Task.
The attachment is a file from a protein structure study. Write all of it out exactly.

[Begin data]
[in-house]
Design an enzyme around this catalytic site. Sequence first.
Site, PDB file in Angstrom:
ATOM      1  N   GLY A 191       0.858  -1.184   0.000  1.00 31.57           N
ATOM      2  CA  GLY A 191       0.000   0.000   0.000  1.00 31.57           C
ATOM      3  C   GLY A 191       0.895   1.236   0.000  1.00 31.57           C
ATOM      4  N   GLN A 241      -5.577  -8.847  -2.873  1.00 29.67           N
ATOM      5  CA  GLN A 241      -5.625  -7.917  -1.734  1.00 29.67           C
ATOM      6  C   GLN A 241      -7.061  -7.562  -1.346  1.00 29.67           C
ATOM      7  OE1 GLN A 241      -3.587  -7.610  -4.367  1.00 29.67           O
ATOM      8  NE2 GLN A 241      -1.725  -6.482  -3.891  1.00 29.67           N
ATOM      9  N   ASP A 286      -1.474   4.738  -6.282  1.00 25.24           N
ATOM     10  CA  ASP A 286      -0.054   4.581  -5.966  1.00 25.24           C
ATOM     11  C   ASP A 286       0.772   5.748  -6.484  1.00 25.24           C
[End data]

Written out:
[in-house]
Design an enzyme around this catalytic site. Sequence first.
Site, PDB file in Angstrom:
ATOM      1  N   GLY A 191       0.858  -1.184   0.000  1.00 31.57           N
ATOM      2  CA  GLY A 191       0.000   0.000   0.000  1.00 31.57           C
ATOM      3  C   GLY A 191       0.895   1.236   0.000  1.00 31.57           C
ATOM      4  N   GLN A 241      -5.577  -8.847  -2.873  1.00 29.67           N
ATOM      5  CA  GLN A 241      -5.625  -7.917  -1.734  1.00 29.67           C
ATOM      6  C   GLN A 241      -7.061  -7.562  -1.346  1.00 29.67           C
ATOM      7  OE1 GLN A 241      -3.587  -7.610  -4.367  1.00 29.67           O
ATOM      8  NE2 GLN A 241      -1.725  -6.482  -3.891  1.00 29.67           N
ATOM      9  N   ASP A 286      -1.474   4.738  -6.282  1.00 25.24           N
ATOM     10  CA  ASP A 286      -0.054   4.581  -5.966  1.00 25.24           C
ATOM     11  C   ASP A 286       0.772   5.748  -6.484  1.00 25.24           C